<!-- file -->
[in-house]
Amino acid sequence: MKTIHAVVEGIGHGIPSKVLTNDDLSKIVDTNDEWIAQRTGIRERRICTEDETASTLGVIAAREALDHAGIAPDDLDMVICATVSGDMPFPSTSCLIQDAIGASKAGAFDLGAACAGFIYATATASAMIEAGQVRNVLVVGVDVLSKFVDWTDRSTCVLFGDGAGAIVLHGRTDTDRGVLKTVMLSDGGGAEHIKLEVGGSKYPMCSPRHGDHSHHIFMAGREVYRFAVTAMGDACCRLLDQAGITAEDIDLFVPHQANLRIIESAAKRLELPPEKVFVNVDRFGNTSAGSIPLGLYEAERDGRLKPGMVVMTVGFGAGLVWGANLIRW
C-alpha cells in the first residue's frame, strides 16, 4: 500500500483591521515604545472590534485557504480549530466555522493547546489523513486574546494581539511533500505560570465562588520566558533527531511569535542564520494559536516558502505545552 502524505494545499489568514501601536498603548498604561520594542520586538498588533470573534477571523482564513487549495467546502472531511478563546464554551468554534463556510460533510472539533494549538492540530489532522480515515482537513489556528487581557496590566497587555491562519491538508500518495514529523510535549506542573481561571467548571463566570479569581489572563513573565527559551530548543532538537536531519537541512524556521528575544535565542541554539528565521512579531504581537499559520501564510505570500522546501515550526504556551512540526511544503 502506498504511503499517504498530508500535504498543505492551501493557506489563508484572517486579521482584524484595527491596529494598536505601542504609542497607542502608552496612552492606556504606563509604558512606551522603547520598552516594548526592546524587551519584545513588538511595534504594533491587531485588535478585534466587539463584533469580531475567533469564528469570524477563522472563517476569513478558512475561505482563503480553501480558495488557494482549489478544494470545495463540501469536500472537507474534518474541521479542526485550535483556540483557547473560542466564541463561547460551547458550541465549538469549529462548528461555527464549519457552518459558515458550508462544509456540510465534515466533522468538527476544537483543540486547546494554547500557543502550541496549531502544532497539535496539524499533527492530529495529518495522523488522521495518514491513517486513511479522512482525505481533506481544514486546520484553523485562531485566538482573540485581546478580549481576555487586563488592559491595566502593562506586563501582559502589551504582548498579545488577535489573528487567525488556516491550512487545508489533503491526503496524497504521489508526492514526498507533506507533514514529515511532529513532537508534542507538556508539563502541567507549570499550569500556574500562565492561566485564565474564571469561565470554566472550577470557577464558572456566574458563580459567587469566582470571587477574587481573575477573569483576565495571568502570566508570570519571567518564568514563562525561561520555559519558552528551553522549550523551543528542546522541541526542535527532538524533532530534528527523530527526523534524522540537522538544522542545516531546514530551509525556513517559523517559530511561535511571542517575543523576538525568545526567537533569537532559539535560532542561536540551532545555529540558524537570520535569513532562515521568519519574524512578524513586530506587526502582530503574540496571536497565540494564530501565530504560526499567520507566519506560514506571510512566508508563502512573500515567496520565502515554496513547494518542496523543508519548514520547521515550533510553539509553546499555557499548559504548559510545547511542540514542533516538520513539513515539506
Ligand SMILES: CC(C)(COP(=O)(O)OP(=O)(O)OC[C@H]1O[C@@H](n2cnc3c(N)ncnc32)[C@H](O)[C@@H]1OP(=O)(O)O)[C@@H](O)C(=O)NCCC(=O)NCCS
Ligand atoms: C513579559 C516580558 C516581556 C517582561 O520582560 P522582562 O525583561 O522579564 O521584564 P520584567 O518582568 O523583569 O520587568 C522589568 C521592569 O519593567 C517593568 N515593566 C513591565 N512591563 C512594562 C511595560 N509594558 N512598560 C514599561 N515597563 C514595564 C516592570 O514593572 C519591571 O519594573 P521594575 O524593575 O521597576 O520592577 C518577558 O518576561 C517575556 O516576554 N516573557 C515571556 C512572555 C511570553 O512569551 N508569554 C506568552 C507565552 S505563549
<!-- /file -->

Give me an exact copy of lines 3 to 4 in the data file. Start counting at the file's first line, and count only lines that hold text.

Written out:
C-alpha cells in the first residue's frame, strides 16, 4: 500500500483591521515604545472590534485557504480549530466555522493547546489523513486574546494581539511533500505560570465562588520566558533527531511569535542564520494559536516558502505545552 502524505494545499489568514501601536498603548498604561520594542520586538498588533470573534477571523482564513487549495467546502472531511478563546464554551468554534463556510460533510472539533494549538492540530489532522480515515482537513489556528487581557496590566497587555491562519491538508500518495514529523510535549506542573481561571467548571463566570479569581489572563513573565527559551530548543532538537536531519537541512524556521528575544535565542541554539528565521512579531504581537499559520501564510505570500522546501515550526504556551512540526511544503 502506498504511503499517504498530508500535504498543505492551501493557506489563508484572517486579521482584524484595527491596529494598536505601542504609542497607542502608552496612552492606556504606563509604558512606551522603547520598552516594548526592546524587551519584545513588538511595534504594533491587531485588535478585534466587539463584533469580531475567533469564528469570524477563522472563517476569513478558512475561505482563503480553501480558495488557494482549489478544494470545495463540501469536500472537507474534518474541521479542526485550535483556540483557547473560542466564541463561547460551547458550541465549538469549529462548528461555527464549519457552518459558515458550508462544509456540510465534515466533522468538527476544537483543540486547546494554547500557543502550541496549531502544532497539535496539524499533527492530529495529518495522523488522521495518514491513517486513511479522512482525505481533506481544514486546520484553523485562531485566538482573540485581546478580549481576555487586563488592559491595566502593562506586563501582559502589551504582548498579545488577535489573528487567525488556516491550512487545508489533503491526503496524497504521489508526492514526498507533506507533514514529515511532529513532537508534542507538556508539563502541567507549570499550569500556574500562565492561566485564565474564571469561565470554566472550577470557577464558572456566574458563580459567587469566582470571587477574587481573575477573569483576565495571568502570566508570570519571567518564568514563562525561561520555559519558552528551553522549550523551543528542546522541541526542535527532538524533532530534528527523530527526523534524522540537522538544522542545516531546514530551509525556513517559523517559530511561535511571542517575543523576538525568545526567537533569537532559539535560532542561536540551532545555529540558524537570520535569513532562515521568519519574524512578524513586530506587526502582530503574540496571536497565540494564530501565530504560526499567520507566519506560514506571510512566508508563502512573500515567496520565502515554496513547494518542496523543508519548514520547521515550533510553539509553546499555557499548559504548559510545547511542540514542533516538520513539513515539506
Ligand SMILES: CC(C)(COP(=O)(O)OP(=O)(O)OC[C@H]1O[C@@H](n2cnc3c(N)ncnc32)[C@H](O)[C@@H]1OP(=O)(O)O)[C@@H](O)C(=O)NCCC(=O)NCCS